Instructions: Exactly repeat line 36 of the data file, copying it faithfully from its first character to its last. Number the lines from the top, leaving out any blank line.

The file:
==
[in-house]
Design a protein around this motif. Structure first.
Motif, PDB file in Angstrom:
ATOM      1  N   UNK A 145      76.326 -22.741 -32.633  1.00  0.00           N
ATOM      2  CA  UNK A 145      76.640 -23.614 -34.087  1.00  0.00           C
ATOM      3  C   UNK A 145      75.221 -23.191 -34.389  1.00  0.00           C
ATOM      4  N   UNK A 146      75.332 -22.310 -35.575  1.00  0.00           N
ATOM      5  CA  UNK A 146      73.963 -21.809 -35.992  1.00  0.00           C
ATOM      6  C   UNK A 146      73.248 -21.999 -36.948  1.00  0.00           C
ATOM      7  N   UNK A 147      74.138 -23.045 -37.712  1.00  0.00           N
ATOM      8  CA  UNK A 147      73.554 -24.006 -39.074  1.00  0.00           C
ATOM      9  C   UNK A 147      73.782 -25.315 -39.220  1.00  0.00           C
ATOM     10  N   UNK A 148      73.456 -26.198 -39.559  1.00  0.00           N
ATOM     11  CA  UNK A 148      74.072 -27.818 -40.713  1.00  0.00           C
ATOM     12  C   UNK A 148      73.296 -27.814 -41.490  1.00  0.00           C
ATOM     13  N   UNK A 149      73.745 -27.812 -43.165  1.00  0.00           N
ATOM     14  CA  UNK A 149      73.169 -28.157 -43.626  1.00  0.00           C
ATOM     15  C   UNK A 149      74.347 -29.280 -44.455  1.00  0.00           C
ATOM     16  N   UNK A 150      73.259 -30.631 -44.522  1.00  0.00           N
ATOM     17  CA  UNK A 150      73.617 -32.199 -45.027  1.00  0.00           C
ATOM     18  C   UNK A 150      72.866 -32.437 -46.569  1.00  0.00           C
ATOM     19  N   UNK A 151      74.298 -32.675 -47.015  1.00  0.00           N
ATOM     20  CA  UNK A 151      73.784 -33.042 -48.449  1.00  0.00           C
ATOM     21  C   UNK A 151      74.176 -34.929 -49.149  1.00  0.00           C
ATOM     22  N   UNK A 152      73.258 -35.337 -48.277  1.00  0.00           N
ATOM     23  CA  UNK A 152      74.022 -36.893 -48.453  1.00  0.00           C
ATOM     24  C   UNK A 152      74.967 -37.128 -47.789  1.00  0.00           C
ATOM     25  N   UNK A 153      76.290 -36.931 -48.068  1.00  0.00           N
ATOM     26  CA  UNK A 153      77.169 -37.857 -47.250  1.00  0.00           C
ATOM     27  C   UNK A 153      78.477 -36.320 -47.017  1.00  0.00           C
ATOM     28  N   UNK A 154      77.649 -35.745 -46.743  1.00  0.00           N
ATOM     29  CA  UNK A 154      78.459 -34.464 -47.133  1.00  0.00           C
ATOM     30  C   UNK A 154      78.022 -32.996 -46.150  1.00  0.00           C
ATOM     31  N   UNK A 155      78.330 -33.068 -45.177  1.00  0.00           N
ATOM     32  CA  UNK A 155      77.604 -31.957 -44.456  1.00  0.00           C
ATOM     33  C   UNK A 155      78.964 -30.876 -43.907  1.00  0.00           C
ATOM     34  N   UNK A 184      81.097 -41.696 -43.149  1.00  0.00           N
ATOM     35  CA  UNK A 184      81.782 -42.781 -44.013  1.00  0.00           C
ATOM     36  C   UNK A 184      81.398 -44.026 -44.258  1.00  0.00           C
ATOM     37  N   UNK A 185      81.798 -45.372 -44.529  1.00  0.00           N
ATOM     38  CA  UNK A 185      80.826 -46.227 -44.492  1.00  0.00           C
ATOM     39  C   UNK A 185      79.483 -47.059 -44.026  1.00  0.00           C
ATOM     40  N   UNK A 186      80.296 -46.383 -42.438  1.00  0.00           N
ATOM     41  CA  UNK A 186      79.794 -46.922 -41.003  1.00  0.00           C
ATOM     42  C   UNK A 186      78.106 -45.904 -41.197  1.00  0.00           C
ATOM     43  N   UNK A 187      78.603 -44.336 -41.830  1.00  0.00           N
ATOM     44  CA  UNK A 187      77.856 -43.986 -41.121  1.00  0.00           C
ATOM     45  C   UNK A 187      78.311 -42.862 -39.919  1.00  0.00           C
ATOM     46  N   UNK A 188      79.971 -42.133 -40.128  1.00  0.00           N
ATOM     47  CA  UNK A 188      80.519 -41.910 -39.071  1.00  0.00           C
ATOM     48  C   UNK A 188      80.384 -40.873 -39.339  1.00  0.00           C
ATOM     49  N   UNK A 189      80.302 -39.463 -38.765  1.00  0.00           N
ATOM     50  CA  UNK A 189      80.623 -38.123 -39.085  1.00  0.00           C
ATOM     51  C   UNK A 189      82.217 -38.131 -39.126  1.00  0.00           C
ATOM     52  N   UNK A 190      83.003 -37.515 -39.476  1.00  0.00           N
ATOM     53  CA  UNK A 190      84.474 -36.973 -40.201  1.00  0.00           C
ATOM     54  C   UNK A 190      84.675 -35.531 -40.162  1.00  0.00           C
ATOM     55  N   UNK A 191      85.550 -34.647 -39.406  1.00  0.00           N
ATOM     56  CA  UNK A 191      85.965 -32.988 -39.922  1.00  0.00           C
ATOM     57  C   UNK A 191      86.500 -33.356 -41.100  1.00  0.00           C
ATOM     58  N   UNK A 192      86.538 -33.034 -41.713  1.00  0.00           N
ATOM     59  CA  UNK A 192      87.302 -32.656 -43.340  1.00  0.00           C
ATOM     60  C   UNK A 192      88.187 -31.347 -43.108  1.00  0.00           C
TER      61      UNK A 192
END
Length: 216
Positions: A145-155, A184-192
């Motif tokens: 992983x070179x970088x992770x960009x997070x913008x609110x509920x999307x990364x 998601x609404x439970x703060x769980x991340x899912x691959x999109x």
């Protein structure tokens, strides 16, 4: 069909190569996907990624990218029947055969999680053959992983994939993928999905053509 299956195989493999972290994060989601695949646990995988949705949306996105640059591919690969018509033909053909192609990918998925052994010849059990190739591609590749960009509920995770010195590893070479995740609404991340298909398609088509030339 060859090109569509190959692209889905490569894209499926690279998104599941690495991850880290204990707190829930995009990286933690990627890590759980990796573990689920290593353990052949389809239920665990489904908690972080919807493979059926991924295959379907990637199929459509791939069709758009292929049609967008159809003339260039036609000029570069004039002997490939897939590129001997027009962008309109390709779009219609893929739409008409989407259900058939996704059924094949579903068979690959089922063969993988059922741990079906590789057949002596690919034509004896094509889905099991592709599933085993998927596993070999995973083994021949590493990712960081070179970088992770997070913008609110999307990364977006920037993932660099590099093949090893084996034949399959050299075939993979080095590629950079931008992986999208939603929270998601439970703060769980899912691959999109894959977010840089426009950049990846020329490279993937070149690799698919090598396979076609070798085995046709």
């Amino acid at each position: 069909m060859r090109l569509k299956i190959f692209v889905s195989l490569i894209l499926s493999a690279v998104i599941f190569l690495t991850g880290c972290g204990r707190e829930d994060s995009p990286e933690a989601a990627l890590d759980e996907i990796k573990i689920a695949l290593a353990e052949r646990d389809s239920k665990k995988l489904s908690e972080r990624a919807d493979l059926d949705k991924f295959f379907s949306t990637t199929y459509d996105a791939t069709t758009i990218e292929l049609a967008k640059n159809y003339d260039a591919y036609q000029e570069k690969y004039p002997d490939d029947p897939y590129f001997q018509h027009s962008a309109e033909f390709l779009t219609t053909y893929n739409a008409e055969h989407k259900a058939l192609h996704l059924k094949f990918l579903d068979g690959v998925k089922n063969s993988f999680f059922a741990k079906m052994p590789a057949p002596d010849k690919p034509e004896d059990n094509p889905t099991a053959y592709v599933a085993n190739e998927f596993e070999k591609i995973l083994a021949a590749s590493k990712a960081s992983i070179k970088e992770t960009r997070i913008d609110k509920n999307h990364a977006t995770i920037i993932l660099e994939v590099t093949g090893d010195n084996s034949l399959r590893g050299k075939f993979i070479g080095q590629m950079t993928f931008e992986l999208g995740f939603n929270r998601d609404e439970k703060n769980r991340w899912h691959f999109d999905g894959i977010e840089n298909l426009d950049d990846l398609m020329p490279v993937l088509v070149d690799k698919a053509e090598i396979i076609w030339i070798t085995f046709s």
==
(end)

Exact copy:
ATOM     33  C   UNK A 155      78.964 -30.876 -43.907  1.00  0.00           C